Fellow Seibertronian Chuckdawg1999 has a video review of the entire first Wave of Titan Master figures:
Crashbash with dragon/dinosaur
Loudmouth with hovercar/hovertank
Nightbeat with jet/drill-tank
Terri-Bull with tank/jet
chuckdawg1999 wrote:The Titan Masters are the bread and butter of Titans Return; the tiny Headmasters are compatible with Deluxe, Voyager, and Leader bodies. Individually each Master comes with a partner drone that can Transform between two vehicles and a weapon for the larger robots. I think these are going to be the stars of the line; since the price point is very inviting, and the cross play pattern is fun.
THE END IS NIGH! Final battle erupts—the forces of G.I. JOE and the AUTOBOTS head-to-head (or head-to-toe, depending on the size difference) with the DECEPTICOBRA alliance! The fate of the universe hangs on every decision!
Lots of contributors listed for this issue:
Welcome friends and board mates, readers and lurkers. Today we celebrate the series that was Transformers Versus G.I. Joe. With issue number 13, this out-of-the-box, discussion causing series, has come to its final Earthly conclusion.
My name is Tigertack, I’ve read Transformers and G.I. Joe fiction (and a lot of other comic book and narrative book fiction as well) since I was but a young lad, borrowing comic books from my cousin Dan’s vast collections when 4-H had ended, and from the libraries that my mother worked at for one of her many jobs. Many of you know me from Seibertron as a former newsie, news admin, and Botcon attendee, sometime podcaster and reviewer.
After TF #54, this is not what I expected under the mask to look like.
Transformers Versus G.I. Joe was a series assigned to me review, mainly I think because Va’al thought that I needed to be tortured, maybe because no one else would do it…but more likely he wanted to challenge me, and as ‘the-resident-active-staff-member-who-is-also-involved-with-comics-and-enjoys-G.I.Joe-too’ it fell to me to try to relate to anyone reading these reviews about the latest iteration of a series that historically has never been what was really desired, but could be relied upon to be very different from the last version.
White haired and short-buzz cut...Race Bannon?
And so we have this interation, written, drawn, lettered, and colored by Tom Scioli all by himself, with John Barber editing and offering advice here and there. A dream come true for a creator who loves both franchises and their toys and comics… and it shows!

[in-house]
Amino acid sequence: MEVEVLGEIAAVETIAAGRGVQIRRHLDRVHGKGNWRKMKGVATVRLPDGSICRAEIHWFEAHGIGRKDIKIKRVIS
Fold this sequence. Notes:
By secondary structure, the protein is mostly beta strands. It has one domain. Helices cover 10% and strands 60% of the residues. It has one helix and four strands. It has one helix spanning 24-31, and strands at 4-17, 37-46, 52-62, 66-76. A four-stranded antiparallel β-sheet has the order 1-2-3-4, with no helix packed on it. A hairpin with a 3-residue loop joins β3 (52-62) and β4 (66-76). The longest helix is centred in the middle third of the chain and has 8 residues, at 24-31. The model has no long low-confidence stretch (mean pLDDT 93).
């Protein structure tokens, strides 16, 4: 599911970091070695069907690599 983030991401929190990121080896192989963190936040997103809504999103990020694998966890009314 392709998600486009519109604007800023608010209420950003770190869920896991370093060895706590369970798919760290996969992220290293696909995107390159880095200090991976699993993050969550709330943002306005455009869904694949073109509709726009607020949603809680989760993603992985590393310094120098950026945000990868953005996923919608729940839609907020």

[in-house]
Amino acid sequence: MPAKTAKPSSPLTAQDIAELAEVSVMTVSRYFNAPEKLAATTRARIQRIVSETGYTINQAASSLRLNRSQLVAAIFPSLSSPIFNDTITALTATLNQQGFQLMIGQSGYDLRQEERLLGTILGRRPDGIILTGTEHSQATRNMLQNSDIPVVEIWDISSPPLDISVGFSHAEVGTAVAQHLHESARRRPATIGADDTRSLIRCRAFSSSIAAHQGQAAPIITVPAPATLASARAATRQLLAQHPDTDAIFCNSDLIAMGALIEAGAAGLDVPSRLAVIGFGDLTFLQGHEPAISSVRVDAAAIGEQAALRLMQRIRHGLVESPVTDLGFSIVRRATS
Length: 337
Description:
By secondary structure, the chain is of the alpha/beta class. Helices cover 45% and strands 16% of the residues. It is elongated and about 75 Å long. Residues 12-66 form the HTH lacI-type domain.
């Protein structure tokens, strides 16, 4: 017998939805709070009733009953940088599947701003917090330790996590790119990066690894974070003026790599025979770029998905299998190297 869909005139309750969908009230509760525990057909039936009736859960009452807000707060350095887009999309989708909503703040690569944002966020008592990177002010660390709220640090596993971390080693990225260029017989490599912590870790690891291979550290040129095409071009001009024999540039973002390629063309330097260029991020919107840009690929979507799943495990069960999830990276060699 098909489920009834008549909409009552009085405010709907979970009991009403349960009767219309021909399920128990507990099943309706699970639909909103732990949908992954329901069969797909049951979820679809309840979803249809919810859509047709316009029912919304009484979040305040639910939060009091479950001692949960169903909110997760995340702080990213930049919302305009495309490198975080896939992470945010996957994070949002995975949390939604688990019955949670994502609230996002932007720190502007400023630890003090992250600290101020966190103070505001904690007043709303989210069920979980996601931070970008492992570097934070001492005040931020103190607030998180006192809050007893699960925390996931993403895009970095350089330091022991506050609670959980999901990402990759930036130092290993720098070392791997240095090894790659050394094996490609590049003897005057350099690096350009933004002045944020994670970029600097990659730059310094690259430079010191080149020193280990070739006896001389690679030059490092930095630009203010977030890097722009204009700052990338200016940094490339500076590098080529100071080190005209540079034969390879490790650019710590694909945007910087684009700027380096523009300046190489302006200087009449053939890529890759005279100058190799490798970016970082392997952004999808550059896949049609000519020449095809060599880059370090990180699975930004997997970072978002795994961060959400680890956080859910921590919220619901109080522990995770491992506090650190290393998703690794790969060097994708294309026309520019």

The next Billy figure to need an FSS version. Or maybe they could make a whole Scioli inspired set.
The series though, immediately caused a lot of water cooler talk, tweets and posts, as it looked and read like no previous TFvsGIJOE story ever really had. It was Tom’s universe and he was making it what he wanted, all the while paying homage to the people who came before him like Larry Hama, Simon Furman, and Bob Budiansky, and using other media influences that ranged from comics like Watchmen, Kirby drawn and written materials like New Gods and other works, to movies like Rocky and Firestarter.
And what a world it was: Decepticobra alliances, GI JOE and Autobots fighting then working together, Earth getting eaten by Seibertron (har!), Scarlett and Snake Eyes becoming headmasters, Megatron getting a taste for human flesh, drug addicted Autobots, greenery added to Cybertron, robot invasions and government reactions, a general who never wears his cap straight, Cobra La, the Death of Optimus Prime, and Megatron wishing to dissolve the sun for its energy. ENERGY is a fantastic way to describe the series, as there was always something new thing different, something alive about the series, and it always brought a nervous, excited energy to the reader.
I always found it hard to write about this series because most of the time, I felt as many did…there was this imaginary line drawn and you were usually either on one side or the other of it as far as this series was concerned: you liked the creativity, newness and energy involved with the series, or it had the polar opposite effect on you, and you simply hated it. The side I started on was the side that hated it, the art being the biggest turn off to me as a former artist in training, I knew I could do better and it irked me. But as the series progressed it was not enough to just complain about the art and the ‘weirdness’ that was happening. I had to look for something to appreciate, a way to enjoy it. And I did. I liked it for its differences, its surprises, its always making its own way, and telling its own story while paying homage to so many great influences.
"Always in the eye of the beholder, this series has been."
And so, in conclusion, we celebrate the life of this series, and its final issue…which even though it is the final issue, still manages to pack in surprises and homages as it is ending. It’s a double issue and its packed until the very last page. I know many of you either read it and enjoyed its Lord of the Rings ending, its creative use of G.I. Joe Retaliation and Transformers movie references, the use of previous classic Joe and TF comic panels, and its downright original Atlas (it ain’t Unicron!), the always perfect hair of Billy, the use of Ultra Magnus and his white cab, and the marriage that you just could not have predicted. In all its wild ENERGY laden pages it never-stopped, until it had to stop.
This was one of my favorite pages...ever!
Movie Megs ultimate combiner